Race for L.A. County district attorney heats up with field set
The race to become Los Angeles County’s top prosecutor took final shape Wednesday in what promises to be an election dogfight, with one candidate announcing plans to sue to prevent L.A. City Atty. Carmen Trutanich from calling himself “chief prosecutor” on the June ballot.
With Wednesday’s deadline up for would-be district attorney candidates, the field is set for Trutanich and five county prosecutors to battle for the chance to run the most powerful office in the county’s criminal justice system — one responsible for prosecuting roughly 60,000 felony cases a year, including murders, rapes and robberies.
The campaign has already grown heated, with some candidates attacking Trutanich’s about-face from a pledge he made during the 2009 city attorney’s election not to run for higher office until he finished two terms.
On Wednesday, a spokesman for one of the candidates, Alan Jackson, accused Trutanich of trying to deceive voters with his ballot description and said Jackson’s campaign would file court papers on Thursday to force the county to change the designation. Trutanich’s campaign defended its description as accurate and countered that Jackson was himself guilty of misleading voters with his ballot description.
The 2012 election marks the first district attorney race without an incumbent in nearly 50 years, but the campaign has so far followed the same type of bruising scripts that have become a staple of D.A. contests. The campaigns have traditionally generated such heat in part because so much is at stake for members of the 1,000-lawyer office who put their careers on the line to support one candidate or another, knowing that some winners have given their opponents undesirable assignments once the votes were counted.
“The election for county D.A. tends to have a ‘Borgias’ quality to it — intrigue and loyalties, betrayal and retaliation,” said Raphael Sonenshein, executive director of the Edmund G. “Pat” Brown Institute of Public Affairs at Cal State Los Angeles. “D.A. races can be really bruising.”
Sonenshein said Trutanich, whose fundraising has far outpaced his rivals, is an early favorite. If he can win more than half of the votes on June 5, he will avoid a runoff in November.
The city attorney has secured the backing of the county’s Federation of Labor and has won plaudits for aggressively pursuing powerful special interests, including outdoor advertising companies that erected billboards without city approval. But his brash style has also made him enemies, and he has suffered several early missteps in the race. Last month, his campaign touted “broad support … from a vast online and grass-roots audience” when two of his videos garnered more than 725,000 views on YouTube, without mentioning that a marketing firm was paid to generate many of those views.
“He’s been enough of a lightning rod — both positive and negative — that the race may end up being about him,” Sonenshein said.
Also hoping to succeed Dist. Atty. Steve Cooley, who is retiring after three terms, is the office’s chief deputy, Jackie Lacey. Lacey, who has Cooley’s endorsement, would be the county’s first African American and first female district attorney if elected.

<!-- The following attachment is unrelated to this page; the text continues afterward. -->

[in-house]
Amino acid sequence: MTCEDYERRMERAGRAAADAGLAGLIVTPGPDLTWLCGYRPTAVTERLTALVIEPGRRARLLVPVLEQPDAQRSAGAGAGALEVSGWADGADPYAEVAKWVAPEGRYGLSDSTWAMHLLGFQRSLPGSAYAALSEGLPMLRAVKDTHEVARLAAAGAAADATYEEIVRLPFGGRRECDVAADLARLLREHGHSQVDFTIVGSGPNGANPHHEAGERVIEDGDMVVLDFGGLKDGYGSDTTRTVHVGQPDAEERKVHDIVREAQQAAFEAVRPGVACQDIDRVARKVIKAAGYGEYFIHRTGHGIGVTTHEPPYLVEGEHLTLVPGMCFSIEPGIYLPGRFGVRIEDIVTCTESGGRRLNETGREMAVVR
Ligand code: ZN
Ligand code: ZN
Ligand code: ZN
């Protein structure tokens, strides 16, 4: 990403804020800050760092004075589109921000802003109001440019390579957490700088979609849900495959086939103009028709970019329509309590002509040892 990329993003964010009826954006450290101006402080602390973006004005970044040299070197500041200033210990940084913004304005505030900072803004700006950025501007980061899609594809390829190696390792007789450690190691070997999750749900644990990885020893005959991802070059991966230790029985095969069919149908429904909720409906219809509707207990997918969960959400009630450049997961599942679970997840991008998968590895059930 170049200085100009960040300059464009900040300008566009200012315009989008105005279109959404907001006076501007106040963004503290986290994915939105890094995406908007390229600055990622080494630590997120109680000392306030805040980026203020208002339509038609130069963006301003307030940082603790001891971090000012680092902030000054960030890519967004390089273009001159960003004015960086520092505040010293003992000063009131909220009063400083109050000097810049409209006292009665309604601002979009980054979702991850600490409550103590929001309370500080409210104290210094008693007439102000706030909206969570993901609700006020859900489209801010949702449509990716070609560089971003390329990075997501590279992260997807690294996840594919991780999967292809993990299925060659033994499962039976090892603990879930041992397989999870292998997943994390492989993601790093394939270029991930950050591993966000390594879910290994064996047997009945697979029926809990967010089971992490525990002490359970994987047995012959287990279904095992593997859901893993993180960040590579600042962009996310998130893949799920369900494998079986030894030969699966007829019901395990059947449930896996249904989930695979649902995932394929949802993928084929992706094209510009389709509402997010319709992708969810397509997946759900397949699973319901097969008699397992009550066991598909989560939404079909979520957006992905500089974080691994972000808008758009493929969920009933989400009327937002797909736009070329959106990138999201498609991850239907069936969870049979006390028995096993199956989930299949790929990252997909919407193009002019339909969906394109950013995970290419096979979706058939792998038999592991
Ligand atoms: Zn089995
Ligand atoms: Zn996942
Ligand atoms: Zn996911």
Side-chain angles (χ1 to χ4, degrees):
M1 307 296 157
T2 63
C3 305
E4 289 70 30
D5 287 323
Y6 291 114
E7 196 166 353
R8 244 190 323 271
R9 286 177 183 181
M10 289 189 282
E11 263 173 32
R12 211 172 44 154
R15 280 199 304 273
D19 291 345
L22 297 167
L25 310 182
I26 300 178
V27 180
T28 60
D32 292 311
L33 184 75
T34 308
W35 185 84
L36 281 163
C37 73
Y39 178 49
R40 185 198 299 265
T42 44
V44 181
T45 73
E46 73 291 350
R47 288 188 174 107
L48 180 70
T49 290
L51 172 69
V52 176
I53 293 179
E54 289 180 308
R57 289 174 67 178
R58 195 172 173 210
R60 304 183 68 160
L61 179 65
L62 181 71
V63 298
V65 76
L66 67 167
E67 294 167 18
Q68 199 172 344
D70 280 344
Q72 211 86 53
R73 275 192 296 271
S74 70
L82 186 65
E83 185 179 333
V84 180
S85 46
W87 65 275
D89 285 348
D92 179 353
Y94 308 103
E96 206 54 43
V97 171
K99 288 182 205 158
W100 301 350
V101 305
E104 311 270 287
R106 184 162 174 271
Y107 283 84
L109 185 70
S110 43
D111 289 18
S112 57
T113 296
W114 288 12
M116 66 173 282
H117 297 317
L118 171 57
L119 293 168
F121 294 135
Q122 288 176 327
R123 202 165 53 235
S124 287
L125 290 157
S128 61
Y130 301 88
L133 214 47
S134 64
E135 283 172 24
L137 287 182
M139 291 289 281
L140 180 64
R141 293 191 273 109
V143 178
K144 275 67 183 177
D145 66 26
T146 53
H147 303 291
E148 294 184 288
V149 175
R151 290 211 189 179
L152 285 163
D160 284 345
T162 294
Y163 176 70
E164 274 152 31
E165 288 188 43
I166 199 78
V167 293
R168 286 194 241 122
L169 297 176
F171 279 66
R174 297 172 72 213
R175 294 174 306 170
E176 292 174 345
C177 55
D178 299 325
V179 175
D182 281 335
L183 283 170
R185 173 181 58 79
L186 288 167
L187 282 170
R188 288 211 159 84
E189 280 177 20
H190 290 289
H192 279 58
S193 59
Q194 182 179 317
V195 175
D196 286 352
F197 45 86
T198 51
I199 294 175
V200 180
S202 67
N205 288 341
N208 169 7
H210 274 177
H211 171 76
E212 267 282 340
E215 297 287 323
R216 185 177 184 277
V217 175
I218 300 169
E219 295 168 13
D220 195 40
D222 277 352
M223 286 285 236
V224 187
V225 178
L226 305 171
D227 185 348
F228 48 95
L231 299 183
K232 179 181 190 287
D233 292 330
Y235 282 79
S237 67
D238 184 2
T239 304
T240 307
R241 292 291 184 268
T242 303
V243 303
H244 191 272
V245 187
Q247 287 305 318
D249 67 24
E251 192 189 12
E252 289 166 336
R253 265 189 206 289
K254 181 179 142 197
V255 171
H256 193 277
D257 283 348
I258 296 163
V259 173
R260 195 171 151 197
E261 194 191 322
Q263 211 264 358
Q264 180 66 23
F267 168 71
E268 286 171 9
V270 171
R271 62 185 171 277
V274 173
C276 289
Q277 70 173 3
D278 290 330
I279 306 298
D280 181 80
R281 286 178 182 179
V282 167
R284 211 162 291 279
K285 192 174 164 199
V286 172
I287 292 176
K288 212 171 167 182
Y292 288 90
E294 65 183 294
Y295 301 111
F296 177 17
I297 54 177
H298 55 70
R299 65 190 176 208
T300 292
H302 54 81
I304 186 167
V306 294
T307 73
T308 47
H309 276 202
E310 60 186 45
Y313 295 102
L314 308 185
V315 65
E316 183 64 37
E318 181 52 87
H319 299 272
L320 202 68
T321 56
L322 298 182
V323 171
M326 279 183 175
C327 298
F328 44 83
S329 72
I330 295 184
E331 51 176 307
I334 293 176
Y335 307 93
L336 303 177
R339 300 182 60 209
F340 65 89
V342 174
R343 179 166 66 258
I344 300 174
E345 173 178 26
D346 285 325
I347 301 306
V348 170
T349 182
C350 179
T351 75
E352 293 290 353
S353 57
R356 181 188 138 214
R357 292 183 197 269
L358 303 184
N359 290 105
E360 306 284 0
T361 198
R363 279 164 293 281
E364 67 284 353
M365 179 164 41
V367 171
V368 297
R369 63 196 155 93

So would Deputy Dist. Atty. Danette Meyers, who has tried dozens of murder cases and several death penalty cases in her quarter century with the office. Most recently, Meyers handled the high-profile drunk driving and theft charges against actress Lindsay Lohan.
Two prosecutors who had previously been campaigning have dropped out in the last week, including Mario Trujillo, who had raised more than $400,000, and Steve Ipsen, who made an unsuccessful attempt to unseat Cooley in 2008.
Other county prosecutors in the race are John L. Breault III, a 43-year-veteran prosecutor; Bobby Grace, a major crimes division prosecutor who tried serial killer Chester Turner; and Jackson, who prosecuted music producer Phil Spector for murder.
Jackson’s campaign strategist, John Thomas, blasted Trutanich for calling himself “Los Angeles Chief Prosecutor” on the ballot, saying such a designation wrongly implies that he is the county district attorney. Trutanich’s office prosecutes misdemeanors in the city; the district attorney prosecutes felonies.
“We see this as an egregious violation of the truth,” Thomas said.
Trutanich’s political strategist, John Shallman, said he was confident his client would prevail in court. About 70% of arrests in the city of Los Angeles result in prosecution by Trutanich’s office, he said. “The chief prosecutor of Los Angeles is Carmen Trutanich,” he said.
Shallman accused Jackson of hypocrisy, noting that Jackson described himself as “gang homicide prosecutor” for the ballot and offered “hardcore gang prosecutor” as an alternative. Jackson, the assistant head of the office’s major crimes division, moved from the district attorney’s office’s hardcore gang unit several years ago.
“I’m wondering which gang Phil Spector was associated with — hair club for men?” Shallman said.
Thomas defended the ballot wording, saying Jackson has spent much of his career prosecuting gang cases and teaching others how to do so. He said Jackson is currently assigned to try two gang members accused of carrying out a contract killing.
The stories shaping California
Get up to speed with our Essential California newsletter, sent six days a week.
You may occasionally receive promotional content from the Los Angeles Times.